The Undergraduate Research Club is dedicated to helping undergraduates find and make the most of research opportunities. The officers of the club are listed below. It meets via a WhatsApp link.
President: Esther Rotlevi (Esther.firstname.lastname@example.org)
Esther is an honors student pursuing a double major in history and neuroscience while on the pre-medicine track. She is currently conducting research on misophonia, an under investigated psychiatric condition, under the mentorship of Dr. Usha Barahmand in hopes of fulfilling her passion for research.
Shoshana is an honors student pursuing an applied mathematics degree and a career in health. She looks forward to diving into research topics that pique her curiosity and discovering more about her interests in the process. As Vice President of the research club, she hopes to be able to facilitate other peoples’ ability to do research while in turn learning more about research herself.
Secretary: Chaya B. Gordon (email@example.com)
Chaya is an HMNS student researching biological plasticity in Dr. Sebastian Alvarado’s lab at Queens College. She is investigating the impact of social status on coloration in the male African cichlid, Astatotilapia burtoni. She loves marine biology and has a fascination with cuttlefish. Her major is Biology, and she is on the pre-med track to pursue her dream of becoming a physician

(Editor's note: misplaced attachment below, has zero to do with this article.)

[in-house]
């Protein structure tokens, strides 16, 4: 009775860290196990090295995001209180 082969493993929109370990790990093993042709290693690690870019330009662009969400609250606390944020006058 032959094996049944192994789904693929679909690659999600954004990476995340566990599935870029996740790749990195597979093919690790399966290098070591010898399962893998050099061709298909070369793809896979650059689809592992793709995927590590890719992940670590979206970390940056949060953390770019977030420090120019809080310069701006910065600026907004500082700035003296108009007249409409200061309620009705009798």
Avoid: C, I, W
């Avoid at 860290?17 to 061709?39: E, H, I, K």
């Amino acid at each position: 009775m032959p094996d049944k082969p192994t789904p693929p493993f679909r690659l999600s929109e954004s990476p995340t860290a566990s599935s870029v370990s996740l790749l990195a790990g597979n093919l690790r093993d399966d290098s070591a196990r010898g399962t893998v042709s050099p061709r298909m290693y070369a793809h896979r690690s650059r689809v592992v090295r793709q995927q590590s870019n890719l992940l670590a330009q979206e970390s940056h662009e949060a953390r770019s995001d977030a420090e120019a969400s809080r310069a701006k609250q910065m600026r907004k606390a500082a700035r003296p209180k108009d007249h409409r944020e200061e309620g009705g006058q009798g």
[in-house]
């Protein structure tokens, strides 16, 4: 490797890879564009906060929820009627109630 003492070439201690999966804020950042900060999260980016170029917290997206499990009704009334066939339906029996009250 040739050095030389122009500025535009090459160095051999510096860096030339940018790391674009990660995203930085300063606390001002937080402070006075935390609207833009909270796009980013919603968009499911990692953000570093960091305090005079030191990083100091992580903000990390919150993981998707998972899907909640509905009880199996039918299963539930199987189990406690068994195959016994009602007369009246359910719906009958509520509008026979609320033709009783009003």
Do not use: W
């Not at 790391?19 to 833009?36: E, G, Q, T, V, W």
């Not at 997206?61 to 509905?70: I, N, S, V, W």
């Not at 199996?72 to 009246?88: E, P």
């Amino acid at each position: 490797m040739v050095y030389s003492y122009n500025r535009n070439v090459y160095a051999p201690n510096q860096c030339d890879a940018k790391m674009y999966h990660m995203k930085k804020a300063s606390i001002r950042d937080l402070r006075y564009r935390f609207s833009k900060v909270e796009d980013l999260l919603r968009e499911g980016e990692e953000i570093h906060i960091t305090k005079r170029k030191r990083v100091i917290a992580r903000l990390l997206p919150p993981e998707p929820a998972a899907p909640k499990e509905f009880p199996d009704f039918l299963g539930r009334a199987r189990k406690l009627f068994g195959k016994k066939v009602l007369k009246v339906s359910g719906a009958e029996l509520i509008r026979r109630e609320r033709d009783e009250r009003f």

Treasurer: David Abramov (firstname.lastname@example.org)
David is majoring in neuroscience and is a part of the honors program at Queens College while pursuing the premed track. He is looking forward to immersing himself in the study of research very soon. Loves biology and is bored with chemistry. Still figuring out the exact career path but is optimistic to join a lab and expanding his knowledge on topics of interest. He is excited to help fellow peers involve themselves in the same way!
Faculty Advisor: Dr. Matthew Civiletti
I teach in the Department of Physics, and my research specialty is inflationary cosmology. I have worked on exploring the consequences of supersymmetry to models of cosmic inflation, and particularly on how the constraints of Grand Unified Theories affect the predictive power of inflationary models. Since coming to Queens College, I have worked with undergraduate students on non-supersymmetric inflationary model-building projects. Our recent research concerns how to apply novel numerical techniques to cosmic inflation, focusing on simple and popular models. Through these projects, students learn the essentials of inflationary cosmology and various numerical techniques.